Retail giant Marks & Spencer has provided a boost for the ailing retail sector by announcing a smaller-than-expected fall in sales.
Chief executive Sir Stuart Rose, who has been criticised over recent trading and corporate governance issues, said there were signs of an improved trend in M&S’s performance but added he remained cautious about prospects for this year and next.
Like-for-like sales in the UK dropped 1.4 per cent in the 13 weeks to June 27, bettering the previous quarter as well as forecasts in the City.
M&S shares jumped four per cent in early trading after the announcement while Sir Stuart’s comments about a more stable picture for consumer confidence boosted rival stocks such as Next.
City firm Numis Securities added £26 million to its M&S profits forecast after the update but its estimate for a surplus of £550 million in the year to March is still down on this year’s reported £604 million.
Numis believed the warm weather helped trading, particularly in clothing after total sales in the category improved by 1.4 per cent and M&S grew market share.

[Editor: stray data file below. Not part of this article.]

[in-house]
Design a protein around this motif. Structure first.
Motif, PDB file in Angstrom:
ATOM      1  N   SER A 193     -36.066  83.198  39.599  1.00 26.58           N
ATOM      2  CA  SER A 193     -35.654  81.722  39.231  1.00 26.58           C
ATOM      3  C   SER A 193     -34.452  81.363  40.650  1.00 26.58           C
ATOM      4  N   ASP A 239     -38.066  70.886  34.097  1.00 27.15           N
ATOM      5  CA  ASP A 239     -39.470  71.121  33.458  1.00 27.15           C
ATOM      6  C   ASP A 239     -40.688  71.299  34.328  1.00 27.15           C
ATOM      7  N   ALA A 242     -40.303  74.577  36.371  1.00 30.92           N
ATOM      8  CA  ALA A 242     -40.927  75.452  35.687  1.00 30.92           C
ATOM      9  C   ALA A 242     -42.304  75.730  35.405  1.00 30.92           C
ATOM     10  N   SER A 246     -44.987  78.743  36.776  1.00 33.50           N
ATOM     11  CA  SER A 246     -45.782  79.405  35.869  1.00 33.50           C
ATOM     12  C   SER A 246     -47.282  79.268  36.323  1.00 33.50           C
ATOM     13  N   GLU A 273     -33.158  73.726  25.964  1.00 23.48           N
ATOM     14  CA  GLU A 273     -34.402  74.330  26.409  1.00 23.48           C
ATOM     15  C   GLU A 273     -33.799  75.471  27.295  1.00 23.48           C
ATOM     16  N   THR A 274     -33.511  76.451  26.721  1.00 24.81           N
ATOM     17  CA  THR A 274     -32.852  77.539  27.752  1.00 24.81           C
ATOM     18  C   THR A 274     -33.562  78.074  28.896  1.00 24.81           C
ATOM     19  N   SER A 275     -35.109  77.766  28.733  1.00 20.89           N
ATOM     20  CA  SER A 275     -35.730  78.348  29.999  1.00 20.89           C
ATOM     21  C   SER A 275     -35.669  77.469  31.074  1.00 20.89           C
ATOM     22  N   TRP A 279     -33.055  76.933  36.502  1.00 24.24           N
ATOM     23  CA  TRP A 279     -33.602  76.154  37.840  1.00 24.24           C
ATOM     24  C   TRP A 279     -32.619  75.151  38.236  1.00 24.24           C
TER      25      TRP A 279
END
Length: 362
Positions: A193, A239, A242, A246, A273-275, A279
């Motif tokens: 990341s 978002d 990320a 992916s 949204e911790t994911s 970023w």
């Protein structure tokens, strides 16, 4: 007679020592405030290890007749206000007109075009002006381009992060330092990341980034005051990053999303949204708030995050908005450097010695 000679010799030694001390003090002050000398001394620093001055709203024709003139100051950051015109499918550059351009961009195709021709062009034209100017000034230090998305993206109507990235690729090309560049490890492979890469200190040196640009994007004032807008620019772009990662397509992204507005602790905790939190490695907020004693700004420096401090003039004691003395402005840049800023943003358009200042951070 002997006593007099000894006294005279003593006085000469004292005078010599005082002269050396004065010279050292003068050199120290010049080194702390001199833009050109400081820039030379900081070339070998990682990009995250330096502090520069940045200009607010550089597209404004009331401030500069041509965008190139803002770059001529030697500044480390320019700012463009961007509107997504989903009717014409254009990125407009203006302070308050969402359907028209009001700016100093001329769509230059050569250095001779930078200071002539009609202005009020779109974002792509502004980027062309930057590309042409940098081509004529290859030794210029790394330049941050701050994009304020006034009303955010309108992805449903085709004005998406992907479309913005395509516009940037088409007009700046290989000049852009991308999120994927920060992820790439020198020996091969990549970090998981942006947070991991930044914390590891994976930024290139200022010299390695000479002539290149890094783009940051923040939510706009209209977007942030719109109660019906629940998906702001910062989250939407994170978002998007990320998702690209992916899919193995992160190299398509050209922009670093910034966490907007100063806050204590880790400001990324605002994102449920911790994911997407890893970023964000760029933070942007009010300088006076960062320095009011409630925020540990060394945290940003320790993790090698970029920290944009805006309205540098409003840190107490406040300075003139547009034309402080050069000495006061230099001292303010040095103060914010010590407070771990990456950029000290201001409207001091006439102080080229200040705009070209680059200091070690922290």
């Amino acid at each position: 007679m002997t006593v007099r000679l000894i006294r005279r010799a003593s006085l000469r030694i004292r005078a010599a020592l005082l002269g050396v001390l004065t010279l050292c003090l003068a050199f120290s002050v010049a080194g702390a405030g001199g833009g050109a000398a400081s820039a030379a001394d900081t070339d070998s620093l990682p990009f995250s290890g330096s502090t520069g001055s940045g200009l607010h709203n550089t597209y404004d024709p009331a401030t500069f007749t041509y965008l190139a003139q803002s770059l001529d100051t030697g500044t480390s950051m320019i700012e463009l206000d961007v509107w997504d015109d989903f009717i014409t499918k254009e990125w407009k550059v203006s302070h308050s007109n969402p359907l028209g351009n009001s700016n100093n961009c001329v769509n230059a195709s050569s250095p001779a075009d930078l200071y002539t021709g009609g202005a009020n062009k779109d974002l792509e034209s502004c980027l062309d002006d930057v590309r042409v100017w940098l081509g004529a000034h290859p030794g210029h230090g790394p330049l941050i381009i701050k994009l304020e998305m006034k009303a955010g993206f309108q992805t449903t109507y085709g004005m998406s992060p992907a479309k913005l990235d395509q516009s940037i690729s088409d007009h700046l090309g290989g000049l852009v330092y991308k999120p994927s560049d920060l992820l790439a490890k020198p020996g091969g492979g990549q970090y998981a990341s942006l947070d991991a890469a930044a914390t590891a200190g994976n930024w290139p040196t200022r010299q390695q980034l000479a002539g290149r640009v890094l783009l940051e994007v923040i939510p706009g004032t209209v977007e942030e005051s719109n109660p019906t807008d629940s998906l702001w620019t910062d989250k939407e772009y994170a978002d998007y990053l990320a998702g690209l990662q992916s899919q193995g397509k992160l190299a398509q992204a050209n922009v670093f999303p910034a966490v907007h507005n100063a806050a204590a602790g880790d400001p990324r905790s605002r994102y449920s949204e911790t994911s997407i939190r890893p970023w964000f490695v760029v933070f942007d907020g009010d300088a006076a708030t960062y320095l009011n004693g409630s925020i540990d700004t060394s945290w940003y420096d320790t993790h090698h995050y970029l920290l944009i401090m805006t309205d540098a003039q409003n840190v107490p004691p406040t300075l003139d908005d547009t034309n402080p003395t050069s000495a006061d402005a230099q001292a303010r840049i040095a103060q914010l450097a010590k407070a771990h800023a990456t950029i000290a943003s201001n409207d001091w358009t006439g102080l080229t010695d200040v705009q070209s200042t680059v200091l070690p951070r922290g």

M&S’s sales troubles recently caused full-year profits to tumble 40 per cent while it cut its annual dividend by 33 per cent – the first such move since 2000.
Like-for-like UK sales for the last full year fell 5.9 per cent, including a 6.9 per cent drop in general merchandise and a five per cent decline in food. But the fourth quarter suggested a moderately better performance, with sales declines easing to leave sales down 4.2 per cent on a like-for-like basis.
Sir Stuart said: “Consumer confidence appears to be stabilising. However we remain cautious about the outlook for the remainder of this year and next year and will continue to run the business accordingly.”